Dhaka Courier

Art against Fake News

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President of the Paris-based Association for Accountability and Internet Democracy (AAID) Dan Shefet at the exhibition, ‘Art Against Fake News’, arranged by Gallery Cosmos at Cosmos Atelier71 in Dhaka as part of the Cosmos Dialogue on ‘Fake news and hate speech; and its consequences’ at Cosmos Centre on 6 April 2019. Photo: UNB

When the Notre-Dame was engulfed in flames the whole world wept.

It was not just religious grief and despondency or esthetic emotionalism. It was “tristesse” at witnessing this jewel of artistic creativity disintegrate before our very eyes.

It touched us all profoundly. It is precisely this profundity that allows Art to speak to our conscious and unconscious minds and emotions conjointly.

Art allows our emotions to interact with rationality in inscrutable ways and exercises enormous influence over our actions, perceptions and values.

Throughout the centuries poetic license has blessed (and sometimes cursed) artists speaking out against political correctness of their time and often resorting to enigmatic expression when directed against despotic forces.

Today’s fake news scourge has become such a despotic force.

It is the consequence of modern binary values.

Answers to existential queries are left to artificial intelligence thereby elevating political correctness and conformity to such a level that it takes almost superhuman courage to disagree and “deviate” from the norm.

The yoke of “public opinion” embodied in such algorithmic values has subjugated free will.

When public opinion is stoked by fakeness. When machines enslave humanity, the risk to intellectual and cultural progress, to democracy and civilization is forbidding.

It is paradoxical that the exceptional amount of “information” generated each and every second - day and night - should foster gullibility and relegate our “esprit critique” to oblivion.

Fake news has become one of the most pervasive and eloquent examples of modern mind and sentiment control.

Even though fake news is certainly not a new phenomenon (it goes back to the beginning of mankind), it has become an ever-increasing threat to democracy and values because of the pervasiveness of social media.

Despite worldwide consensus that fake news constitutes a true threat to democracy and especially the electoral process, regulation faces hard questions such as definition and decision making. The remedies are far from consensual.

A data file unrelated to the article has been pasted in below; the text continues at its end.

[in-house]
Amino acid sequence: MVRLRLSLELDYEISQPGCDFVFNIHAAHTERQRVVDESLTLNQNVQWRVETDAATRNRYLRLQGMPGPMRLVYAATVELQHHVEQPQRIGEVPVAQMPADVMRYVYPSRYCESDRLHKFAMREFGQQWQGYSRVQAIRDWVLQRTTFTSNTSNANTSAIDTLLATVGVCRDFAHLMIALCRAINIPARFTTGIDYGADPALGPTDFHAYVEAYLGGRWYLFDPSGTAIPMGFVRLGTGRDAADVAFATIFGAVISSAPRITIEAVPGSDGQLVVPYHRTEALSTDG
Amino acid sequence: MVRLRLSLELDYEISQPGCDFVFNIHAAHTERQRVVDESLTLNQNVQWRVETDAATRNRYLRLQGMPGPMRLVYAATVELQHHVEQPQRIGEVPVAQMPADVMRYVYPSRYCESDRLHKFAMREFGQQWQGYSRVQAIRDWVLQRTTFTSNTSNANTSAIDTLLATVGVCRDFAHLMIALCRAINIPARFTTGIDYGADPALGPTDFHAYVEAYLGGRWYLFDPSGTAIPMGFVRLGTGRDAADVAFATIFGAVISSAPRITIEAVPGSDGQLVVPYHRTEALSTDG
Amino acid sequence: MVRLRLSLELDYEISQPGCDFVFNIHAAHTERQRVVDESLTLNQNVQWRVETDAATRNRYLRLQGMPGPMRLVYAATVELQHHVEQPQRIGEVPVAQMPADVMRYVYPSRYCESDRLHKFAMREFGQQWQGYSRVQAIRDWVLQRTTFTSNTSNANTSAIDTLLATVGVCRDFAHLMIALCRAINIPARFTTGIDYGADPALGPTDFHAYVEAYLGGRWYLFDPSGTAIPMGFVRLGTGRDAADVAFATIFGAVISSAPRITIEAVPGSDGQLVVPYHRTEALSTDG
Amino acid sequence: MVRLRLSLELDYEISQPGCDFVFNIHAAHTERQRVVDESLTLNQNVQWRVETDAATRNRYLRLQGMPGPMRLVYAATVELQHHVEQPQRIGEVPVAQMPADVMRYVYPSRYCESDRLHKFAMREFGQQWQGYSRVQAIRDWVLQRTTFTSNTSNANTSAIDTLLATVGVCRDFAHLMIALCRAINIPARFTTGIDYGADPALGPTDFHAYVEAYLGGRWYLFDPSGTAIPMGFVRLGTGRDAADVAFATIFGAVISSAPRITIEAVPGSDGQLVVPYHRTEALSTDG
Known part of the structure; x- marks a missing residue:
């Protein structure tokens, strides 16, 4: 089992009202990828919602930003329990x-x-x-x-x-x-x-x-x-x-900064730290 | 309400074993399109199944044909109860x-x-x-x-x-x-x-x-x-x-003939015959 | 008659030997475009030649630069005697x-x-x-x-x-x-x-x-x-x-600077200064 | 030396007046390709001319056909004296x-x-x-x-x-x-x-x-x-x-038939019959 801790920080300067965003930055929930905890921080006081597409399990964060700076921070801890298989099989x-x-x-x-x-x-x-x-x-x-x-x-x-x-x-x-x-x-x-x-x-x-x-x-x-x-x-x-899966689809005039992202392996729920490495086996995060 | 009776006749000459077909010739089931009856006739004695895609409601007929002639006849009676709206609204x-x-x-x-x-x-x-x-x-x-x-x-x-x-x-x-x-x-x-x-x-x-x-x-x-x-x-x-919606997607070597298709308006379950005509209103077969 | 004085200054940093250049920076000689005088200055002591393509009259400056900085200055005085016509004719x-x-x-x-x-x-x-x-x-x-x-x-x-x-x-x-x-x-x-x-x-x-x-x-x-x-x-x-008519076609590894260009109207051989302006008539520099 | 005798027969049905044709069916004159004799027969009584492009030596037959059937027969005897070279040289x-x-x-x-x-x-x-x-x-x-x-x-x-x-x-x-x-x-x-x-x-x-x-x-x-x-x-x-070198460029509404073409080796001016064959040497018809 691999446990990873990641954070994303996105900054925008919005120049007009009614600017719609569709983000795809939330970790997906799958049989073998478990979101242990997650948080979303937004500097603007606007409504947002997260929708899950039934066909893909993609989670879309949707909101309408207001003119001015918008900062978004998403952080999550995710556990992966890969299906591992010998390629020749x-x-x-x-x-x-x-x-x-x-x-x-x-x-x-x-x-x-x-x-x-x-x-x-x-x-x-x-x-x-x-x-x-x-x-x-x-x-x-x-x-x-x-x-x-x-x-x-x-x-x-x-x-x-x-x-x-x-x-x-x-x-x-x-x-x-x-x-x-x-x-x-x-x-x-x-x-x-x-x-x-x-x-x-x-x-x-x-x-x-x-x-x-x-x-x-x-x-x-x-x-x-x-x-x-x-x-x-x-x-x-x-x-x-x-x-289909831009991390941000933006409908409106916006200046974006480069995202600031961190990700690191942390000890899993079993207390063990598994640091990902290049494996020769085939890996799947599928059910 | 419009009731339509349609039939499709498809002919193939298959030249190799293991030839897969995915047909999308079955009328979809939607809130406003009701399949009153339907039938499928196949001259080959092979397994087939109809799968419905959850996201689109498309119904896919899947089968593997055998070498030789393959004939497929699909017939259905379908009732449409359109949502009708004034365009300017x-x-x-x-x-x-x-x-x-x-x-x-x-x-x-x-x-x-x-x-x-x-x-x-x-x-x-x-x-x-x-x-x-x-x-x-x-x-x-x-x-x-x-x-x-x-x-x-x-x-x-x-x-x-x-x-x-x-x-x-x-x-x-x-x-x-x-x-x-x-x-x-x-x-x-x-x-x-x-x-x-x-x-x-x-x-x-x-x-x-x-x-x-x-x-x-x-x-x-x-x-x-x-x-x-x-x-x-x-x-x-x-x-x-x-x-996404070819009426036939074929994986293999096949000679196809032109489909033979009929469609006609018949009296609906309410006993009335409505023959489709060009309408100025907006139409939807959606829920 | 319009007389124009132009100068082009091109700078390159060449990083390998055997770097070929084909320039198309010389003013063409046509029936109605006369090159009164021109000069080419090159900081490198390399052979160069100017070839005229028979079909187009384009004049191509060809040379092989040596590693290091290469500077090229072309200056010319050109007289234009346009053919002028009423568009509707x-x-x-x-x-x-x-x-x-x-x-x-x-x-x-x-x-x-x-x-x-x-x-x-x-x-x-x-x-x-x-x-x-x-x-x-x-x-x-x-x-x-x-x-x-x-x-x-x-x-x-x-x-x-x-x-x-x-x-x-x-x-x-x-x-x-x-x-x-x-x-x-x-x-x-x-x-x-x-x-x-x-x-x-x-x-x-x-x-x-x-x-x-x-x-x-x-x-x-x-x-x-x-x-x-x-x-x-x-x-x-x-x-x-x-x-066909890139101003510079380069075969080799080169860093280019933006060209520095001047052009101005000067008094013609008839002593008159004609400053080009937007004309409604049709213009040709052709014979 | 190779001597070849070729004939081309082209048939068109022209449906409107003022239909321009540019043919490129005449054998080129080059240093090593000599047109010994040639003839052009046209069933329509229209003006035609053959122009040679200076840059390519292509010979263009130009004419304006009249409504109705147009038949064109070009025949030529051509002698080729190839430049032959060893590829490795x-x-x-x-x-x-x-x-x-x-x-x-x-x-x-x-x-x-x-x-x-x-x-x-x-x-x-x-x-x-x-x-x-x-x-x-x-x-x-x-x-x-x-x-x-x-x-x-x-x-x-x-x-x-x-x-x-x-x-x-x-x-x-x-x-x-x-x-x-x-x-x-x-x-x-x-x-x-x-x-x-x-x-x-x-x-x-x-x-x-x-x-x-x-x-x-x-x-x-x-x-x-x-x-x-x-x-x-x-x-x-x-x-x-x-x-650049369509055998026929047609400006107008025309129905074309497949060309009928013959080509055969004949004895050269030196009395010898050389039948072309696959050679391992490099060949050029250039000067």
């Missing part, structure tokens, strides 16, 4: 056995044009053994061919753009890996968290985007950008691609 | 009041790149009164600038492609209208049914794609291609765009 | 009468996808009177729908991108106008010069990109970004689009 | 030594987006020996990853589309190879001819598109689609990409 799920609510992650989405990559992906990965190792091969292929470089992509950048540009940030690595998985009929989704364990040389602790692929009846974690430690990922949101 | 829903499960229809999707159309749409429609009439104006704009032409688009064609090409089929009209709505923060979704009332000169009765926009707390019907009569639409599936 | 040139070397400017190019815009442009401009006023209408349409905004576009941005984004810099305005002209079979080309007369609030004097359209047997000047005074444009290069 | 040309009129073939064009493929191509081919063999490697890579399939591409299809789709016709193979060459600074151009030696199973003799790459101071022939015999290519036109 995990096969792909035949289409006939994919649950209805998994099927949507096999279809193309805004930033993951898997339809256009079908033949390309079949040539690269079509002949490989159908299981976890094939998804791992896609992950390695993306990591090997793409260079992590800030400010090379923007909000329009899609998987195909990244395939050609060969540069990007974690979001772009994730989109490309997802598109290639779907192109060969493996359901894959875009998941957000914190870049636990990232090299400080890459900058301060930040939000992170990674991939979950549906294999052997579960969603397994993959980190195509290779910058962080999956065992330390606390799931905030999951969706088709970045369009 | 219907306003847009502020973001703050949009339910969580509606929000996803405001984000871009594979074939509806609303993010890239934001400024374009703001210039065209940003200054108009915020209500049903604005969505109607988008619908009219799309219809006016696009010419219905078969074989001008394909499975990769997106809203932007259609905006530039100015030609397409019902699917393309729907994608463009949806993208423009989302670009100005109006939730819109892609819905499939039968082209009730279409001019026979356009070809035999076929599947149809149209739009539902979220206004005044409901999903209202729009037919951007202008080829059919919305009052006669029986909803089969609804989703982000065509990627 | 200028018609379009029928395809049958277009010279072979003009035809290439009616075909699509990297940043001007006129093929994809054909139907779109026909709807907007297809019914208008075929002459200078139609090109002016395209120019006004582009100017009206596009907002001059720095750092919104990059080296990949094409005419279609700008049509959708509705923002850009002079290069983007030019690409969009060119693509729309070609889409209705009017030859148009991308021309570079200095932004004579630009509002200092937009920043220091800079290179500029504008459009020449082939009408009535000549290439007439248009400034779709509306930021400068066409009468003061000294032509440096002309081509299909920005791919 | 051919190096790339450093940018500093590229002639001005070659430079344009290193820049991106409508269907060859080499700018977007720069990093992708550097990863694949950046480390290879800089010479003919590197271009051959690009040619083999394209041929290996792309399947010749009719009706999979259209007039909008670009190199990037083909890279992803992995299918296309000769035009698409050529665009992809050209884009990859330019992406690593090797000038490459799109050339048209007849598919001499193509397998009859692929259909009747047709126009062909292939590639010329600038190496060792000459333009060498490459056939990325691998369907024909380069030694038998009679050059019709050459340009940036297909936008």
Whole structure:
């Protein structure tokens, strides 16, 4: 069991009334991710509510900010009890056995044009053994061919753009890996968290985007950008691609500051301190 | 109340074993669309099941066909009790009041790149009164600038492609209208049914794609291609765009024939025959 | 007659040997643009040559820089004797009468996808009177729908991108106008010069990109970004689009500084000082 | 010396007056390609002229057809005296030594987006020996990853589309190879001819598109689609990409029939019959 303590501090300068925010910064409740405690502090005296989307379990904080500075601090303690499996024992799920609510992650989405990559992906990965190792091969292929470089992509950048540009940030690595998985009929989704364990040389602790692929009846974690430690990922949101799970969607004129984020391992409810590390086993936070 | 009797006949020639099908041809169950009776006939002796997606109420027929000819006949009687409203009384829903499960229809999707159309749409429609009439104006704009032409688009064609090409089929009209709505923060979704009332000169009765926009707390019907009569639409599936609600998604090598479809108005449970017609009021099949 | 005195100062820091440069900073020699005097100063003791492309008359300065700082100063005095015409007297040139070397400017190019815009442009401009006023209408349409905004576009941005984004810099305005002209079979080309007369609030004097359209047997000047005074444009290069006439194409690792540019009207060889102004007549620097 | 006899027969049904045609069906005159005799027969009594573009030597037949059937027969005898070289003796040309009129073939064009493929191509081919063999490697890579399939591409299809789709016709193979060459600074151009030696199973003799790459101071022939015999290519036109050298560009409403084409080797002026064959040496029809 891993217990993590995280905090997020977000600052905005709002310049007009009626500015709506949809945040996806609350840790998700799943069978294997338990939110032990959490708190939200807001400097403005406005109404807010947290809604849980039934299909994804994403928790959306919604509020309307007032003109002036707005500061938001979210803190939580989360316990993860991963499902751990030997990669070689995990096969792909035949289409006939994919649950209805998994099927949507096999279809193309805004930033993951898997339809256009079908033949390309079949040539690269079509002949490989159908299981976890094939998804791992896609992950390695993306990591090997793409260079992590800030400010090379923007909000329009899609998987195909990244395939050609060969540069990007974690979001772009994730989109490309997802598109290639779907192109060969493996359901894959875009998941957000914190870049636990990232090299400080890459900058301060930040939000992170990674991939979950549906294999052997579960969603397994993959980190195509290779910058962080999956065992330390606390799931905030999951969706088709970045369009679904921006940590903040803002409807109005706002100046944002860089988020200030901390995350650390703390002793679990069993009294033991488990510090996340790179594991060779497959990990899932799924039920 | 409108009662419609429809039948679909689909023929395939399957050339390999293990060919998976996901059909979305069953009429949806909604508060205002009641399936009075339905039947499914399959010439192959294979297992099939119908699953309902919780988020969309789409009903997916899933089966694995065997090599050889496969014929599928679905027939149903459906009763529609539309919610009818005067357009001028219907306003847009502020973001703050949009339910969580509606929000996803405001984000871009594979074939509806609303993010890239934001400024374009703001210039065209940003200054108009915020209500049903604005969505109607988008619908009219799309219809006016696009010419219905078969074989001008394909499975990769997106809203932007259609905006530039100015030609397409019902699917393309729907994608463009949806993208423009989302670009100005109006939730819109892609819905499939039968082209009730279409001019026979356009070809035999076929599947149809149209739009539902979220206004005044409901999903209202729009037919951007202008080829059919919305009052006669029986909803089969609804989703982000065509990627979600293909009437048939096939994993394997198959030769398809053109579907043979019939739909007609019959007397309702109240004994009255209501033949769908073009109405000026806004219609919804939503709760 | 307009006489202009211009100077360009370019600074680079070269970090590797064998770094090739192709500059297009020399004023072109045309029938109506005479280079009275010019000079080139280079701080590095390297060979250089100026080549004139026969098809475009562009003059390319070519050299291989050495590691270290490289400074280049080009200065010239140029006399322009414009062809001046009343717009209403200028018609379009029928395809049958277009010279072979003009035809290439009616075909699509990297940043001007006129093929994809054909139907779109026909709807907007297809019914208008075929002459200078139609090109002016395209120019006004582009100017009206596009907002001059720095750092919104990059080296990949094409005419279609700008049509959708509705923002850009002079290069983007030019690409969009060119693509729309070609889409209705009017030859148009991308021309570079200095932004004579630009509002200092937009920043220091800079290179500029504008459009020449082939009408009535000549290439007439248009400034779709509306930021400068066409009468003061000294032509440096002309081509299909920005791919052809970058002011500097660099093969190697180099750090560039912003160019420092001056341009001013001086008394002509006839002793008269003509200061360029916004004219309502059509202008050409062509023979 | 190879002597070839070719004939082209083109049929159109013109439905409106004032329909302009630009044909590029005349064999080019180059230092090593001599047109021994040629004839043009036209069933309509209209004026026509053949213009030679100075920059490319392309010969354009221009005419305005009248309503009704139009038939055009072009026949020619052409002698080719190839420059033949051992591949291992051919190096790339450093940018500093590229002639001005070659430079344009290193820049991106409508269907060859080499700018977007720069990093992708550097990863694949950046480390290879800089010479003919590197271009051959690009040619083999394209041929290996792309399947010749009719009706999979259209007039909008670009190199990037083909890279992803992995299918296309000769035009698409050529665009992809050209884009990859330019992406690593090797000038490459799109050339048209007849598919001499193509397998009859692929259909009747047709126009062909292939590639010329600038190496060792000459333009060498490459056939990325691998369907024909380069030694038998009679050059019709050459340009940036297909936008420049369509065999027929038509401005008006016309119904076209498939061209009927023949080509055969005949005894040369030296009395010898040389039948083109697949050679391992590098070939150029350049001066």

This is where Art fulfills its vital role. Art’s historic contribution to humankind has never been more decisive.

The Renaissance is a wonderful example of a revolution of values and much more so than the Industrial Revolution, which was mainly of a “technical” nature. The Renaissance is rightly revered as one of the most prosperous epochs of artistic creativity.

The Technological Revolution that we are now facing may in many respects be compared to the Renaissance in that it also champions a fundamental revolution of ideas and values.

Artists were paramount in shaping the Renaissance and the values of humanism and with the pervasiveness of modern technologically enabled manipulation Artistic exposure of fakeness is critical.

Artists express opinions in subtle ways which has allowed them to escape banishment, excommunication and death. Their subtlety may now allow them to escape harassment on social media and “social outcasting”.

Artists muster audacity, intelligence and creativity in ways that transcend disagreement and mobilize universal values.

This is how I see the artist fighting fake news.

We have all been struck by paintings, music and literature which allegorically interpret and convey sentiments in ways that words could not.

As Napoleon said, “A drawing is stronger than a thousand words.”

Just think of Picasso’s Guernica. Whatever the public discourse surrounding the civil war, this painting says it all.

Also, Solzhenitsyn’s famous novels exposing the Soviet Gulag system made a much stronger impression than debates, politics and research. It unmasked despotism and lies.

Warhol as another example demonstrating the fakeness of our consumer centric universe where goods become Gods.

No example of Art’s exposure of collective illusion or even hallucination would be complete without Andersen’s famous and poignant tale “The Emperor’s New Clothes”. Only the little boy had retained his ability to see through fakeness and expose the nakedness of lies and manipulation.

The contribution of Art in unravelling such lies and illusions throughout history is incalculable and it is imperative that it continue in this age of social medias and fake news.

Unmasking fakeness is intrinsic to Art. Art speaks truth and helps us unshackle oppressive fabrication of deception.

Artists have never been more vital, and I salute their commitment to the protection of values and trust.

Dan Shefet, President of the Association for Accountability and Internet Democracy.

  • Art against Fake News
  • Dan Shefet
  • Vol 35
  • Issue 43
  • DhakaCourier

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